|Newborn Tips#1: Don't Hush-A-Bye-Baby|
|You don't have to be quiet while the baby is sleeping. The womb is loud, and newborns are used to the noise. When ours first came home, we watched television and I would vacuum, wash dishes and talk on the phone around her while she slept. She got used to sleeping with noise, and I could get stuff done. I am still able to vacuum in her room while she sleeps (she is 14 months), and she is peaceful and well rested when she wakes up.|
|Newborn Tips#2: Soothe Your Wailing Newborn|
|When my baby cries, I comfort her by patting her back in a heartbeat-like rhythm. That helps her burp more quickly, and it also helps her relax if she's crying from insecurity. If this doesn’t work, I also try one or all of Dr. Harvey Karp's five calming moves: swaddling, shushing, holding her on her side, swinging her or letting her suck. Sometimes it takes all six!|
All the planning and predictions don't actually give you the real picture of having a new baby. You have heard about the sleepless nights, colic, dirty diapers and feeding that takes up an entire day and night. The only way you will really understand the picture, is when your baby actually joins your life.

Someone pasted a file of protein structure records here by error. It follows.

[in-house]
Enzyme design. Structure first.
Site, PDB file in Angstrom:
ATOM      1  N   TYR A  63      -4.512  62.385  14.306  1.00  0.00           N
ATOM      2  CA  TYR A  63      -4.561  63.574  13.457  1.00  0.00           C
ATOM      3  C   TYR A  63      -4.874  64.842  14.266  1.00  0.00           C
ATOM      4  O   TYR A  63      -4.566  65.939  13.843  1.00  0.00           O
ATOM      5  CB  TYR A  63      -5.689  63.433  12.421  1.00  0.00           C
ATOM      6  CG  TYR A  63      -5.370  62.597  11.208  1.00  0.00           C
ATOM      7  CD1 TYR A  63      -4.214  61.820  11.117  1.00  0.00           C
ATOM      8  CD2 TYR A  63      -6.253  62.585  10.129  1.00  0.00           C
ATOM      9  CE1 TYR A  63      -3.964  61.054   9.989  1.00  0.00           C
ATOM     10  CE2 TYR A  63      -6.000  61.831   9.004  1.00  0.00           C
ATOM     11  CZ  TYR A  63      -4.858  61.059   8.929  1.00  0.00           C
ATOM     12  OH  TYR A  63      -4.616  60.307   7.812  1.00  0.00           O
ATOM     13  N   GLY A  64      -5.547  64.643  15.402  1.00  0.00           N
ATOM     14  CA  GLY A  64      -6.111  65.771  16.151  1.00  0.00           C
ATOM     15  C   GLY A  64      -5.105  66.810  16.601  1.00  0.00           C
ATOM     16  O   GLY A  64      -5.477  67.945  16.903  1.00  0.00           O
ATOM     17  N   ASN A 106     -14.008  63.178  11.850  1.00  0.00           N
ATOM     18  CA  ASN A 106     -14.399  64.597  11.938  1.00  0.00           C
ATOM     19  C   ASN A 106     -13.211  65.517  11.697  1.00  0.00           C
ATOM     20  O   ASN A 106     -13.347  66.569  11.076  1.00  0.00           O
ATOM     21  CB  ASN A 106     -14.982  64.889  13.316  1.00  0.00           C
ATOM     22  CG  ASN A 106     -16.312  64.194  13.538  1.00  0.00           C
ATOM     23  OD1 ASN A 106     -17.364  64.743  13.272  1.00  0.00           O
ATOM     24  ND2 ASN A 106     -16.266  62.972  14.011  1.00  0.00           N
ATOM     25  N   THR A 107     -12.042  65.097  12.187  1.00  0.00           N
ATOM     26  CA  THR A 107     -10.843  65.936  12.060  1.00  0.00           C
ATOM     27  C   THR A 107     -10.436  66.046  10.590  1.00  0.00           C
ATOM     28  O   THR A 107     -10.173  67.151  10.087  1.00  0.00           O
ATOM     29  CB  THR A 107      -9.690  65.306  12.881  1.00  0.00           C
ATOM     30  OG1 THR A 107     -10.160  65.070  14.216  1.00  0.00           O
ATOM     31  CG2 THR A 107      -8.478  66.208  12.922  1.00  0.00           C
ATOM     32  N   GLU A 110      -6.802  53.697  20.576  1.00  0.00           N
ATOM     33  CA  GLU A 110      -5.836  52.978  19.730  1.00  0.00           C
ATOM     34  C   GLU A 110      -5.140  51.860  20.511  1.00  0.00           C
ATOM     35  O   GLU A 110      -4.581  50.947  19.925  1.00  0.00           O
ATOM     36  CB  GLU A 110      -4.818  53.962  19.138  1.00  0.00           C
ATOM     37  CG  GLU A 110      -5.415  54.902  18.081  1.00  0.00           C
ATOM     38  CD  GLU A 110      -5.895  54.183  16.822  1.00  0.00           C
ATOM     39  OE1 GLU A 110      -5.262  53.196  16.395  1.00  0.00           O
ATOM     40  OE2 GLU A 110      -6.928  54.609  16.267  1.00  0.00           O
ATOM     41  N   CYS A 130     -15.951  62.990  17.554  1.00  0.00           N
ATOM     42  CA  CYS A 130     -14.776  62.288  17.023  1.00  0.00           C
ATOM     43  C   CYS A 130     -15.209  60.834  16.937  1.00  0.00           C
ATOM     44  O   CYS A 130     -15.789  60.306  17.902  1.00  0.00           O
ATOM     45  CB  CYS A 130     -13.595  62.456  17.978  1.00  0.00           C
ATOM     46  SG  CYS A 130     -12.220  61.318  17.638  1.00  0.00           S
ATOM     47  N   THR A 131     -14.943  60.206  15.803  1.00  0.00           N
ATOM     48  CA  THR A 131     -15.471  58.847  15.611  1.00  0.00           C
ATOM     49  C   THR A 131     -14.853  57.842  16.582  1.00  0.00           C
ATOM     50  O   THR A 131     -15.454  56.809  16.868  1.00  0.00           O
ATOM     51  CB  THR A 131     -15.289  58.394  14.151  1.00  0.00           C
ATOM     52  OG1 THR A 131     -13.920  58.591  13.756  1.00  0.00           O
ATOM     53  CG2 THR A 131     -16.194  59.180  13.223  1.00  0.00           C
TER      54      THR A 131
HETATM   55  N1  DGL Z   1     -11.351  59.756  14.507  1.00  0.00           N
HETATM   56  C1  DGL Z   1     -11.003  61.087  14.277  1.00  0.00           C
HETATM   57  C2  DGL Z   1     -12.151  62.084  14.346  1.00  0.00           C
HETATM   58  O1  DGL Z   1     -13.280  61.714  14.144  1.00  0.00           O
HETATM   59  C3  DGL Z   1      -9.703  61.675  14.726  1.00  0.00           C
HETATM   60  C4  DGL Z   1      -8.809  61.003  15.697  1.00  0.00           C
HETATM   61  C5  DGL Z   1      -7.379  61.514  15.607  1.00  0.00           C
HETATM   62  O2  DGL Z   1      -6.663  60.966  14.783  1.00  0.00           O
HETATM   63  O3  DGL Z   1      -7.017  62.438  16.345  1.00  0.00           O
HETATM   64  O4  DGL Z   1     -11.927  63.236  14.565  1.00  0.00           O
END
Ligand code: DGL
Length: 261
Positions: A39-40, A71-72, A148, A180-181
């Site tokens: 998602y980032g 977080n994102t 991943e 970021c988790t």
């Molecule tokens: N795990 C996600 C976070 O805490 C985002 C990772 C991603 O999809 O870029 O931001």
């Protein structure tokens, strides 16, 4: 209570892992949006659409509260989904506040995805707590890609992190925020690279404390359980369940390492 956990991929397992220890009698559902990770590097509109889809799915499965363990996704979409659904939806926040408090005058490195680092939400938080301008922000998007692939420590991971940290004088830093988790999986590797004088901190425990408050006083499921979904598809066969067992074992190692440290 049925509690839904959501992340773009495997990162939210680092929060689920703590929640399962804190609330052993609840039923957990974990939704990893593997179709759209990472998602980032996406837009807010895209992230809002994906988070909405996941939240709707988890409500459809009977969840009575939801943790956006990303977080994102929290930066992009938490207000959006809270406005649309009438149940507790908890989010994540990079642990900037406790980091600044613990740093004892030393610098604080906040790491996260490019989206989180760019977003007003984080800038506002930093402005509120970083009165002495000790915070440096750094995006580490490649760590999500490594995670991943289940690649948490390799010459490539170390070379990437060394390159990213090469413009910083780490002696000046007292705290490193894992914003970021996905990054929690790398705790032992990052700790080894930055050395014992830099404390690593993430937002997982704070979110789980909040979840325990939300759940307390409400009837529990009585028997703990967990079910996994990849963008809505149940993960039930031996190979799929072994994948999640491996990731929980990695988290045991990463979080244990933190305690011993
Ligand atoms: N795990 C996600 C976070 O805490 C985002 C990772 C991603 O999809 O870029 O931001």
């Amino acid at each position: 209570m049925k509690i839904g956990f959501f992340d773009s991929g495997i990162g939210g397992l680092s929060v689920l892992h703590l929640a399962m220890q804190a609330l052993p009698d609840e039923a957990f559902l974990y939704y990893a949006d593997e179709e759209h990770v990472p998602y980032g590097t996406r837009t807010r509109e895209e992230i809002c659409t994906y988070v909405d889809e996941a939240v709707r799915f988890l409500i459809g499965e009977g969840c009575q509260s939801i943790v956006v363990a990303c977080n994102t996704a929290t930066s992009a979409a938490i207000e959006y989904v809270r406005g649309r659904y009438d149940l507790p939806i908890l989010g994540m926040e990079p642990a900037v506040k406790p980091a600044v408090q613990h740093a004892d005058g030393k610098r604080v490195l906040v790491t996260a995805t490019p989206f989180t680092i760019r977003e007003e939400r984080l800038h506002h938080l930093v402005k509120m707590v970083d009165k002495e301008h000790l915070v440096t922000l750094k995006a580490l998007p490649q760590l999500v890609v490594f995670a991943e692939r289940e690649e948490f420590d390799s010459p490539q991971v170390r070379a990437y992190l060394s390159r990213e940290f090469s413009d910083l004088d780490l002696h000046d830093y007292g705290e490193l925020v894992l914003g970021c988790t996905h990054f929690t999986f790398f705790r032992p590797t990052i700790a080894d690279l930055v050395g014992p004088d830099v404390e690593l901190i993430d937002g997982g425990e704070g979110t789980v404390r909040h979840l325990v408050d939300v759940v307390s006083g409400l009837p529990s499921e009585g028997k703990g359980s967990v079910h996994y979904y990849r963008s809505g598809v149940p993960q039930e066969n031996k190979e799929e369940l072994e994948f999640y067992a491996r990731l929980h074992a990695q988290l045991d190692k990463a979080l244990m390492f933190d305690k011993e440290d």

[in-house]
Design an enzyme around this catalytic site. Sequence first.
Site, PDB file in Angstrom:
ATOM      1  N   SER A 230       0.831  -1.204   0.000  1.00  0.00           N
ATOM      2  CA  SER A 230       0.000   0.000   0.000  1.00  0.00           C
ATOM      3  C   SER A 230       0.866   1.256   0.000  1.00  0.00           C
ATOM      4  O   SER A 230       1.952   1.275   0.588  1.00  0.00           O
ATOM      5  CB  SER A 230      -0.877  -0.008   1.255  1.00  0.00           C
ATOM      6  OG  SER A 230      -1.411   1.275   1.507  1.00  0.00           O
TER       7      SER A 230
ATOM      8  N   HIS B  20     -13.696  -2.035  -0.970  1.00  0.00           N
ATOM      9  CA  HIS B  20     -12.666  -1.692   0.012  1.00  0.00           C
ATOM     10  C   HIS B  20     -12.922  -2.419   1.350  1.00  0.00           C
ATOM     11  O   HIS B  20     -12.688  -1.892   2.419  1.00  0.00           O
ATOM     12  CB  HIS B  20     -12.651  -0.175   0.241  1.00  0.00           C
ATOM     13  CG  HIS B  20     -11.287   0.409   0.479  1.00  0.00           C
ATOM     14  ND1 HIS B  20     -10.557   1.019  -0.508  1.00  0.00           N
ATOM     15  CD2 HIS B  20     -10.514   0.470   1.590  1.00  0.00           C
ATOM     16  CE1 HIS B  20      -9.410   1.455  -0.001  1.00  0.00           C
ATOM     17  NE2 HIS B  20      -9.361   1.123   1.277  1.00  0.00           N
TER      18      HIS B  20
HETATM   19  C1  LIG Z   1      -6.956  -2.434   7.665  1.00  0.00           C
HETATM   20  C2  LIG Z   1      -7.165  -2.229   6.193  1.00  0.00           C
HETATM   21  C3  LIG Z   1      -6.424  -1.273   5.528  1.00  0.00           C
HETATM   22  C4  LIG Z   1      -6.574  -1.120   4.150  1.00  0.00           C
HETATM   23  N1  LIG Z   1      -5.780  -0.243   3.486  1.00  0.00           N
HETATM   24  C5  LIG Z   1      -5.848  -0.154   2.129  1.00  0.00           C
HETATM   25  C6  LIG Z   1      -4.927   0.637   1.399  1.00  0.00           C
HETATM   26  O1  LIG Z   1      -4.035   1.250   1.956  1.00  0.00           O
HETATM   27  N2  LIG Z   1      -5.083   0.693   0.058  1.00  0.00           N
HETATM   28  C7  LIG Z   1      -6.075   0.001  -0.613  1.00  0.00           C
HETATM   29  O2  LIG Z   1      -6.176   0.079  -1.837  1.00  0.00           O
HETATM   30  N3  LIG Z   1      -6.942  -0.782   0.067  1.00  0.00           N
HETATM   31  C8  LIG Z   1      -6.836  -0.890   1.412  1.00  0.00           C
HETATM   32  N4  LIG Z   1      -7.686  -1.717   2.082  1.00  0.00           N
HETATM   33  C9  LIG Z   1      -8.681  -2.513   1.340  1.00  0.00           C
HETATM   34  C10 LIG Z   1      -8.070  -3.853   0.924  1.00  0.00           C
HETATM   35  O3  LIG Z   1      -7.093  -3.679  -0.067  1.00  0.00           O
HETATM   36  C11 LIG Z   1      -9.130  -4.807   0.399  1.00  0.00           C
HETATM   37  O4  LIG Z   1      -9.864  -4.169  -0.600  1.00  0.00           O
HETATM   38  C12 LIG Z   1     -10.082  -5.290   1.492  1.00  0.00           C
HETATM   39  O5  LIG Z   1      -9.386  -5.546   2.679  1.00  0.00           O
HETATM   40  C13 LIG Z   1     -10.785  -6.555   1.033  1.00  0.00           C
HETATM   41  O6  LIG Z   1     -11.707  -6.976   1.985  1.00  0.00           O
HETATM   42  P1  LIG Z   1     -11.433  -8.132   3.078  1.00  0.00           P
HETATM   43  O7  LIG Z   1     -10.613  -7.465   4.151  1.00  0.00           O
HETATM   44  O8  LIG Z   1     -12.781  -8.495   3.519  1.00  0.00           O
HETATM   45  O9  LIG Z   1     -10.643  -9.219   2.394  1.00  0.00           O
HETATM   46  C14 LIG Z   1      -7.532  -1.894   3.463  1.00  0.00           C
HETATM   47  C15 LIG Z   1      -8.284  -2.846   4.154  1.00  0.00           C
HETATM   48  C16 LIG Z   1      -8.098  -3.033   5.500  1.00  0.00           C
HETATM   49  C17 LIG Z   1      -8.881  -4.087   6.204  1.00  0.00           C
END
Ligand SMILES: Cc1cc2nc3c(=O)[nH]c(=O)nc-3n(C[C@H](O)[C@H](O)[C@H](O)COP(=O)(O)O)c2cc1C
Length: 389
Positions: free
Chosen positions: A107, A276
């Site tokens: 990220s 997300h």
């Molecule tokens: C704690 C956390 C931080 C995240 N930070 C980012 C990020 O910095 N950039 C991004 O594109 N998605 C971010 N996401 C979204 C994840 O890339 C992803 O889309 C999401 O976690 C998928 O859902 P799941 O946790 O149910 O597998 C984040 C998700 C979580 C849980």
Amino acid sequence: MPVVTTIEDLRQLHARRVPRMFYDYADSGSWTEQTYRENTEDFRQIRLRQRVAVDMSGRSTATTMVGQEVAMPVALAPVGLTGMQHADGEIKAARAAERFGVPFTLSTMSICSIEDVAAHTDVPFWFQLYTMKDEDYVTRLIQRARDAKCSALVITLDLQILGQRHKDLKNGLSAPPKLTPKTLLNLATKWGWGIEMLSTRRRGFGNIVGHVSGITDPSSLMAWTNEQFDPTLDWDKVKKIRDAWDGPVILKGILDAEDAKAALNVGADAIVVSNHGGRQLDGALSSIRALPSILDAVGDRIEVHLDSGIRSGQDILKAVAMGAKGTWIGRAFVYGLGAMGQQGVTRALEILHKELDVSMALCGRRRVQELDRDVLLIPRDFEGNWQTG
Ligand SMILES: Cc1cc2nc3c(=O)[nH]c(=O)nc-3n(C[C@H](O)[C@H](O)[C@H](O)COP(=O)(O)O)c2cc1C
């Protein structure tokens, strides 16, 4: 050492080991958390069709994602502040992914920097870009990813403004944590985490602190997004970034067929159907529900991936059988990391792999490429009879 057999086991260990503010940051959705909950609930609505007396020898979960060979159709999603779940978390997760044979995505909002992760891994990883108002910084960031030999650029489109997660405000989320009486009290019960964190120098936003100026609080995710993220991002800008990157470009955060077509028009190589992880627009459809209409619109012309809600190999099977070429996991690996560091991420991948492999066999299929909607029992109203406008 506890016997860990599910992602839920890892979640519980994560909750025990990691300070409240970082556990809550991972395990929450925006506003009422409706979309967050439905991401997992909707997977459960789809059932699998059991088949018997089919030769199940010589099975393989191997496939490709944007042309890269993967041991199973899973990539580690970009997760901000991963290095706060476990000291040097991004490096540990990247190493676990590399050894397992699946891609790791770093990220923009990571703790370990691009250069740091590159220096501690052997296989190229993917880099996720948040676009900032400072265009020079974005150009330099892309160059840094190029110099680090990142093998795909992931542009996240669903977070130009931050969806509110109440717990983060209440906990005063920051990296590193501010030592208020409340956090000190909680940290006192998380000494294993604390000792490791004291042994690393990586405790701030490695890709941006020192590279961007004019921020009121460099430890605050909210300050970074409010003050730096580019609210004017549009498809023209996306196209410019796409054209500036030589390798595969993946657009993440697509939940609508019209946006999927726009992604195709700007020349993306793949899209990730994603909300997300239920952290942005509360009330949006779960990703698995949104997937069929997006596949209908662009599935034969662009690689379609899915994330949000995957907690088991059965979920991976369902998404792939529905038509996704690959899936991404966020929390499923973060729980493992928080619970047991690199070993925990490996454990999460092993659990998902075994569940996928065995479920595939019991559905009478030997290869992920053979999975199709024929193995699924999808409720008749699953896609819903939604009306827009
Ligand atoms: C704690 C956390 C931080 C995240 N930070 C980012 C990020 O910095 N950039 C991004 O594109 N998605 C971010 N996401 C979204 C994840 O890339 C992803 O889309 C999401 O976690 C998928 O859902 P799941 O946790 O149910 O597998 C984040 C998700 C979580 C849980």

Your whole day schedule and routine will change when that cute little thing is part of the picture. Your house will not be as organized and clean right away, and you may find your self having difficulty getting out with all the preparing and packing. This is all normal.
As you have recently endured a physically traumatic experience of giving birth, you may not feel the effects right away. Your hormones are fluctuating and adjusting, and after a few days you may experience baby blues. These feelings usually creep up about five or six days after birth.
Many mothers are recovering from birth related pains due to surgery, stitches and cramping. You may be trying hard to breast feed for the first time, coupled with sleep deprivation. Your spouse is probably exhausted to, trying to help you keep up with the housework.
|Newborn Tips#3: Help Get Your Baby to Latch|
|If you are having latch-on issues while breastfeeding your baby, you can use breast shields to help the process. This was a wonderful tip that I learned from my lactation consultant. I had to use the shields for an entire month before my baby would latch onto my own nipple without them. Had it not been for the breast shields, I would not have been able to continue nursing my baby.|
|Newborn Tips#4: Get Prepped|
|At 3 weeks, babies’ days and nights become more predictable, and you can focus on yourself in addition to your newborn. One way to do that is by reducing your stress level - and having everything ready for your hungry baby and yourself is one way to do that. Start by prepping for the next feeding as soon as the previous one is over. For example, after an 11 p.m. feeding, get ready for the 2 a.m. one by prepping whatever you need for feeding and putting out fresh drinking water for yourself so you don’t have anything to think about in the middle of the night. During the day, take advantage of the baby’s naps to work out, shower or catch up on e-mail, or take a nap too.|